Why does it take light from galaxies so long to reach us if they used to be closer?
Could the Universe have expanded at a speed faster than light?
In the past, galaxies were closer together, and therefore closer to Earth. When this was the case, their light did take less time to reach us.
Take, for instance, a galaxy we are observing today whose light has taken 100 million years to get here. When it was closer, its light took, say, only 99 million years to get here.
This light, which took a million years less to get here than the light arriving from the galaxy today, arrived on Earth in the past. It is not the light we are observing today.
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But this doesn’t explain why light from the most distant matter in the Universe – stuff beyond the edge of the observable Universe – has not arrived here yet when, once upon a time, all the matter in the Universe was the barest whisker apart.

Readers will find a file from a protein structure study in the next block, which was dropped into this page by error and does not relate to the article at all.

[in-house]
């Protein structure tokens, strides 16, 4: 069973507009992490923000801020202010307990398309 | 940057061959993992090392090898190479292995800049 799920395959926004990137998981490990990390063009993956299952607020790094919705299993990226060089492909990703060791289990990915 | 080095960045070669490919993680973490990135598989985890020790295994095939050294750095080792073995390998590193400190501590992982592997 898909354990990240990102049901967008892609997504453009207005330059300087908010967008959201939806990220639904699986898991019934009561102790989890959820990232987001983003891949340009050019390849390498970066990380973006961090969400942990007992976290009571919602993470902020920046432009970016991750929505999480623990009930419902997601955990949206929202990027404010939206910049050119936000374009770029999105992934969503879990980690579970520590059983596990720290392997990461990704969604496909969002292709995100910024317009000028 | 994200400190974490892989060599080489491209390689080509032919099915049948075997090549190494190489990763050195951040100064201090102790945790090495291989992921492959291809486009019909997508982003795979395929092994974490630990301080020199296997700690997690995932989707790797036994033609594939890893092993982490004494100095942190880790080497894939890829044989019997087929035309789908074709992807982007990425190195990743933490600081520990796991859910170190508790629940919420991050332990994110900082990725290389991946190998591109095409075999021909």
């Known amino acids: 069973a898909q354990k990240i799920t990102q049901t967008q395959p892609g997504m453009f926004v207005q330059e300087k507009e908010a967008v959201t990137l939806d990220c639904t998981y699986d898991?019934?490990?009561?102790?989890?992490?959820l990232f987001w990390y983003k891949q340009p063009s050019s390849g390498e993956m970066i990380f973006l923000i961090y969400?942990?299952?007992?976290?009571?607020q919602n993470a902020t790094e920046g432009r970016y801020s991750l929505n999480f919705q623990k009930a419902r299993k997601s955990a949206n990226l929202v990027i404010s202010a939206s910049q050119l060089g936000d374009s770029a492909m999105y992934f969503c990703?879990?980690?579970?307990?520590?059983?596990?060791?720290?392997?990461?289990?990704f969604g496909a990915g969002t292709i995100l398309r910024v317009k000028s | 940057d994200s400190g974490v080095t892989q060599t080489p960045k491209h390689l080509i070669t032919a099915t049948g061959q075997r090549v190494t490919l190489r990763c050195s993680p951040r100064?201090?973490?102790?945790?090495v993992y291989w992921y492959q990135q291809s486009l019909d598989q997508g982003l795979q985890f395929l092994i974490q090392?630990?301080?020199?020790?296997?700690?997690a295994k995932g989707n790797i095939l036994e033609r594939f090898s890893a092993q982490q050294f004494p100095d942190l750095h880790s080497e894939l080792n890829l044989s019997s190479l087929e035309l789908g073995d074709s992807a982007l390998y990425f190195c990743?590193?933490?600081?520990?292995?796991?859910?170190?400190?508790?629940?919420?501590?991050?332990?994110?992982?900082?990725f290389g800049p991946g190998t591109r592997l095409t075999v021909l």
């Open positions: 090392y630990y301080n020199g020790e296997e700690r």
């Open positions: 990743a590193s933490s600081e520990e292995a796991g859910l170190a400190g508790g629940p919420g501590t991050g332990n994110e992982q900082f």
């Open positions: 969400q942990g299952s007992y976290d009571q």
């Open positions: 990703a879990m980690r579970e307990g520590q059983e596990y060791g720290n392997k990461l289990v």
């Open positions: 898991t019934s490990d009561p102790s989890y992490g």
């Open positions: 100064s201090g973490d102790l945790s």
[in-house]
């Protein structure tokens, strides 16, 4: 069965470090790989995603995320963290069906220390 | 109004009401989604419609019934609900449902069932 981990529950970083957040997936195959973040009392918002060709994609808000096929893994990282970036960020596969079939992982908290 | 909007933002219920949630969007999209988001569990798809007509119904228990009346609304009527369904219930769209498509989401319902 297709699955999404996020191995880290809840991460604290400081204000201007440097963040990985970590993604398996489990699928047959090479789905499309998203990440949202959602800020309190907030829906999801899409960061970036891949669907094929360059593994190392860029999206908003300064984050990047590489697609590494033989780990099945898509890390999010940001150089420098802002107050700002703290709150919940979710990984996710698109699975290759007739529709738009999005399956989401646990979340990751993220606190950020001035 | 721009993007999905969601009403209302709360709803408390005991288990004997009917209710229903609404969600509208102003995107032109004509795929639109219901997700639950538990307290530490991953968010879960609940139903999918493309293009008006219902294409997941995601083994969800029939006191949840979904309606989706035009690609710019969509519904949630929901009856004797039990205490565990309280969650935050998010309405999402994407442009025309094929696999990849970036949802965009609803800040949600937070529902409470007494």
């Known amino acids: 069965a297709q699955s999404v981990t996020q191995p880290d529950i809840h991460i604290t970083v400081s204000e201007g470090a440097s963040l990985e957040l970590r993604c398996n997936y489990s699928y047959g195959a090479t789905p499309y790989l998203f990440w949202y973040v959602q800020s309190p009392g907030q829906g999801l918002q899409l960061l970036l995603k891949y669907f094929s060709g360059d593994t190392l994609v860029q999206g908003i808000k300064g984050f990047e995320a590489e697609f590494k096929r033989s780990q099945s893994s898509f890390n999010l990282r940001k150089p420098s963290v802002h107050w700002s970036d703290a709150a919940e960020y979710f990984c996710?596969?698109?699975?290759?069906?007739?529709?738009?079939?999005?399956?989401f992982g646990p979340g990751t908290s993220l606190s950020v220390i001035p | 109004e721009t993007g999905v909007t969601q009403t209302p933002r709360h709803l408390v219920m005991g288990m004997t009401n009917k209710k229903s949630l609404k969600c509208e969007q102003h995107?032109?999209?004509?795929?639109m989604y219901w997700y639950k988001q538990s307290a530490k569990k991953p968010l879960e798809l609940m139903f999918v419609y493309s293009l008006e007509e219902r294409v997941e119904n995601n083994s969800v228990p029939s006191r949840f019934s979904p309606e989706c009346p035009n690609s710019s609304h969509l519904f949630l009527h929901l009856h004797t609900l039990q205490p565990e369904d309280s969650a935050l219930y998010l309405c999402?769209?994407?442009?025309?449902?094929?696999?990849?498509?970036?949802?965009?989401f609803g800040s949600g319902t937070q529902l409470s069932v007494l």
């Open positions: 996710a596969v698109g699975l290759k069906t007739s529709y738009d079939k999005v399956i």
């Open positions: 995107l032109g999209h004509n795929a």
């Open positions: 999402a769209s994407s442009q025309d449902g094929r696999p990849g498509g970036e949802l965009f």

How could it get so far apart that light from the most distant objects hasn’t reached us yet when, according to Einstein’s special theory of relativity, no object can travel faster than light?
The answer is that immediately after the Big Bang, the Universe did indeed expand faster than light.
Consequently, light travelling to Earth was like a 100m sprinter trying to reach a finishing tape that is being pulled farther and farther away.
But how can space expand faster than the speed of light? Surely this violates special relativity?
However, the expansion of the Universe involves acceleration, which is not covered by the theory of special relativity.
The theory that must be used instead is Einstein’s general theory of relativity and, according to this, expanding space is like a stretchy fabric which can expand at any rate it likes.